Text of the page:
My Black Flower is a nice reminder of what Phillips contributed to jazz. It's a pleasing blend of simple but varied medium-tempo soul riffs. The organist sets himself within a complimentary quintet (with second drummer Frankie Jones added for whatever reason to three tracks) featuring perfectly attuned and equally underrated guitarist Jimmy Ponder, flautist Galen Robinson, drummer Ben Dixon and percussionist Ralph Dorsey.

Phillips starts by revisiting Eddie Harris's soulful blues "Goin Home," (he also played on the 1966 original, included on 32 Jazz's Harris anthology, Greater Than The Sum Of His Parts ). "My Black Flower" switches gears completely and lets Phillips sit down at the grand piano for a solo feature that clearly displays Ahmad Jamal's influence. "Salaam 7" and "Jalal" are typical Phillips originals, offering familiar but forgettable riffs, but plenty of engaging solos from the organist and the guitarist (notable again on the wedding combo groove of "You Make Me Feel So Young"). The disc's strongest, and surely most played track will be "Me And Me Brudder," another one of Phillips's infectious "Kittatian Carnival"-like Jamaican grooves.

Phillips was never destined to shake the rafters, dethrone fellow organists Jimmy Smith or Larry Young or even eclipse the individual talents of other low-key players like John Patton, Leon Spencer or Clarence Palmer. He simply set out to share the benefit of music's joy and shared experience with listeners. That's what gives My Black Flower the interest it maintains today.

Phillips marks Eddie Harris and Ahmad Jamal as his primary influences. Phillips studied under Jamal in the '50s and, like both players, he had a gentle, soulful ability. From Jamal, Phillips inherited or formulated a subtle, understated style of playing that used space and sounds akin to Miles Davis. It was in 1963 that Phillips toured as an organist with the great improviser Eddie Harris. On "My Black Flower," one can hear the beguiling, Jamal-inspired piano, and the organ fantasies are heard on "Me and Me Brudder." Another feature of this album is the inclusion of Latin rhythms, courtesy of conga and percussion journeyman Ralph Dorsey.

Sonny Phillips - 1971 - Black on Black!

Sonny Phillips
1971
Black on Black!


01. Black On Black
02. Check It Out
03. Blues In Maude's Flat
04. Proud Mary
05. The Doll House

Bass [Fender] – Jimmy Lewis
Drums – Bernard Purdie
Guitar – Melvin Sparks
Organ – Sonny Phillips
Tenor Saxophone – Rusty Bryant


Sonny Phillips' third and final album for Prestige, coming just over a year after his first, shows the soul-jazz organist moving in a somewhat funkier direction than his first two efforts. The roiling title track actually has an edge of menace to it, an idea his other albums never even entertained. Of the five tracks, the most surprisingly effective is the nine-minute take on Creedence Clearwater Revival's "Proud Mary"; even more so than Ike and Tina Turner, Phillips and band completely reshape the song, taking off the edge of distance from Creedence Clearwater Revival's original and the campy showbiz of the better-known cover in favor of a pure soul-jazz workout that's among the finest things Phillips ever did in his short recording career. The other highlight is "The Doll House," a showcase for Rusty Bryant's tenor sax with the album's most satisfying soloing. Sonny Phillips isn't highly rated by some soul-jazz historians, but his unique and characteristic light tone -- heavily influenced by his early teachers, Jodie Christian and Ahmad Jamal -- makes his albums far more interesting to listen to than the usual barrage of Jimmy McGriff lifts.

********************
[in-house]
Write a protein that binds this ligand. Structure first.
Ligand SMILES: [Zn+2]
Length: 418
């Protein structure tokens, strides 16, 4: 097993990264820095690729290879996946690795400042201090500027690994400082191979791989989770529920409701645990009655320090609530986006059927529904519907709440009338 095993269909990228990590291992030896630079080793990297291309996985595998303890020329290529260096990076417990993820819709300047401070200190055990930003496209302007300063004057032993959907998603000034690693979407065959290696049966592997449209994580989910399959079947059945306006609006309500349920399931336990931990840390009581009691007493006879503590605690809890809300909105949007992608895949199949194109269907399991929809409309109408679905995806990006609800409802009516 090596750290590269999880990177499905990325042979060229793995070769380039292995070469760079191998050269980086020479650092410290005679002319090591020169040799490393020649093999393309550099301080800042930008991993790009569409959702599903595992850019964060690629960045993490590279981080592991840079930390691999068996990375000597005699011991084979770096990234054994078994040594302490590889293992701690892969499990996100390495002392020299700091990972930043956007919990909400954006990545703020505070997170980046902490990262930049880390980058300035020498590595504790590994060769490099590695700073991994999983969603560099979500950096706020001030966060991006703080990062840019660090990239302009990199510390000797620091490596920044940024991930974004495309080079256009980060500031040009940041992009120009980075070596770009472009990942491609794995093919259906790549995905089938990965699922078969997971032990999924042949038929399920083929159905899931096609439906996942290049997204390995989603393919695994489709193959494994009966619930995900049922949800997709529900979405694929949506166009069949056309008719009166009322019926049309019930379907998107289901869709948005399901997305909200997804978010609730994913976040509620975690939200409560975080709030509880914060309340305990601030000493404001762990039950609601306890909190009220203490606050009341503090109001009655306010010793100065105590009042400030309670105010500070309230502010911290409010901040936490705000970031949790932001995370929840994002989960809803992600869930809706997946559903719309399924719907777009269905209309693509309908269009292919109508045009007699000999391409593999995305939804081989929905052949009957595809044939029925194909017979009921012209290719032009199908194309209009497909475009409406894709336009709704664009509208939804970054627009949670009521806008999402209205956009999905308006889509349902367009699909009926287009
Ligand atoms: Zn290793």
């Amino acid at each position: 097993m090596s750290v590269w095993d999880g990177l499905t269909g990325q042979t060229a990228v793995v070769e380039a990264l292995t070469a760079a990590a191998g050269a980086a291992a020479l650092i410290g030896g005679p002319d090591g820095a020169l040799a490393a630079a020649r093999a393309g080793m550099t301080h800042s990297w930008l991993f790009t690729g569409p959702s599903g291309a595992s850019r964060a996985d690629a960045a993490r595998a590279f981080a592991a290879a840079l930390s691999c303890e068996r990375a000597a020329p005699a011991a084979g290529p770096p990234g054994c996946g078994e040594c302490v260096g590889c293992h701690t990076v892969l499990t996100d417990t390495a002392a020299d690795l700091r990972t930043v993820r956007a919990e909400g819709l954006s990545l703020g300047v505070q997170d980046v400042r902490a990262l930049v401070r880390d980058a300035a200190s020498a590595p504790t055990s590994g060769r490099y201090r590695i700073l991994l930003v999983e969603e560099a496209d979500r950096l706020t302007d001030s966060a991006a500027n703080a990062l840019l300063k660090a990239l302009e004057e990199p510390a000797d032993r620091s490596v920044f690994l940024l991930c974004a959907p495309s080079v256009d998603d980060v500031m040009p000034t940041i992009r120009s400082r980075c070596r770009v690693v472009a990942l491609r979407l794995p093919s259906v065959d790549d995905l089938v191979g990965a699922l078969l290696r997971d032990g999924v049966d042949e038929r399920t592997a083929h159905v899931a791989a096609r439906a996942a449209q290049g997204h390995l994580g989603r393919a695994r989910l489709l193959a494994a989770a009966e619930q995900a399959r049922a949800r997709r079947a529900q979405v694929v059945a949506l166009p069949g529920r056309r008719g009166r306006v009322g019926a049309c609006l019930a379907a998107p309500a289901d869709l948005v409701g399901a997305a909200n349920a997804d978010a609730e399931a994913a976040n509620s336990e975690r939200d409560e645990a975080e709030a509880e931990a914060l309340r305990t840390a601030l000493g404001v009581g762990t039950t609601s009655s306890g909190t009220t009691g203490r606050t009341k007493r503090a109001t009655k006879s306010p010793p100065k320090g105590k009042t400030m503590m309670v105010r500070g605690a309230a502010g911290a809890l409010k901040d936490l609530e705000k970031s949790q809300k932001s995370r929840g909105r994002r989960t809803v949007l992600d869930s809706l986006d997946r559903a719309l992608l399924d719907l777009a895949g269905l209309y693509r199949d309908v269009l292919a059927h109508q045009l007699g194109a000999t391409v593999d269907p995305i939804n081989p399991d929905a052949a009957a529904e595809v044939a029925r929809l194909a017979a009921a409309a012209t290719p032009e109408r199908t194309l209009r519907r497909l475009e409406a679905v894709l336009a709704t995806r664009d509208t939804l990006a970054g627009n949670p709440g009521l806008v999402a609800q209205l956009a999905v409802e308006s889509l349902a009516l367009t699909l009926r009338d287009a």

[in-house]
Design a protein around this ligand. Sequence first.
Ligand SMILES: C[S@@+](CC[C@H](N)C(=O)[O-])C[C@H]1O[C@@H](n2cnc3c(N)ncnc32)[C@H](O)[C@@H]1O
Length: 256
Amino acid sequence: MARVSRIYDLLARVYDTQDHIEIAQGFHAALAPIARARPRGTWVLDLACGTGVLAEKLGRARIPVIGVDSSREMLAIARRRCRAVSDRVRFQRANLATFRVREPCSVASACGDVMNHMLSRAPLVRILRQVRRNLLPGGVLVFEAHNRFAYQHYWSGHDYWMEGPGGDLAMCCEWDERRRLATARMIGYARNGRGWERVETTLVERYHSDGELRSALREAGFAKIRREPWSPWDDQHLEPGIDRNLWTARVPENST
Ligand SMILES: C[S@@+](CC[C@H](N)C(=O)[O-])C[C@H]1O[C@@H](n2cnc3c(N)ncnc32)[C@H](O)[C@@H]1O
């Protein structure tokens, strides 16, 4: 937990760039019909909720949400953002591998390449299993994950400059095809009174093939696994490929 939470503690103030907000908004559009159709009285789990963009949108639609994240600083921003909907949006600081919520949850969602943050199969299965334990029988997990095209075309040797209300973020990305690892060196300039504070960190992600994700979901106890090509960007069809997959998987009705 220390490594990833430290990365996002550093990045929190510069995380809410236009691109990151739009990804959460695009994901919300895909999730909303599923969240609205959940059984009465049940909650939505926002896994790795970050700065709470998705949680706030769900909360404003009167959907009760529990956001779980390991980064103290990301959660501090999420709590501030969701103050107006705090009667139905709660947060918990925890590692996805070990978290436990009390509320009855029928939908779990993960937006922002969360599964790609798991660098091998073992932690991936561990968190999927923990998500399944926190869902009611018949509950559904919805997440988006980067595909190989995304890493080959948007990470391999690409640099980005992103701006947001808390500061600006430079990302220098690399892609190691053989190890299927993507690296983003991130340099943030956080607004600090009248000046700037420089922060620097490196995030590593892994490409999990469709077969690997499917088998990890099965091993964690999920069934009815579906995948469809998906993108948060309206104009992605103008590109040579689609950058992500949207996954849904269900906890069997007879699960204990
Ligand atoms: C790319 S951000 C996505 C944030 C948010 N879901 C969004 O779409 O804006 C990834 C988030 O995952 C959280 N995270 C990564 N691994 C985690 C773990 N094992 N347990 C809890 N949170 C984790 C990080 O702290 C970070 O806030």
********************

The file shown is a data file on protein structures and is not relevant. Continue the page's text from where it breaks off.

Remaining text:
One of Sonny Phillips' hardest hitting albums ever – an all-Hammond set that really cooks hard from start to finish! Sonny's working here in a lean, mean combo with plenty of Prestige jazz funk touches – heavy drums from Bernard Purdie, hard tenor solos from Rusty Bryant, rumbling Fender bass from Jimmy Lewis, and well-woven guitar lines from the amazing Melvin Sparks – heard here right at the prime of his young career!

Sonny Phillips - 1970 - Black Magic!

Sonny Phillips 
1970 
Black Magic!


01. Make It Plain
02. Wakin' Up
03. Over the Rainbow
04. Bean Pie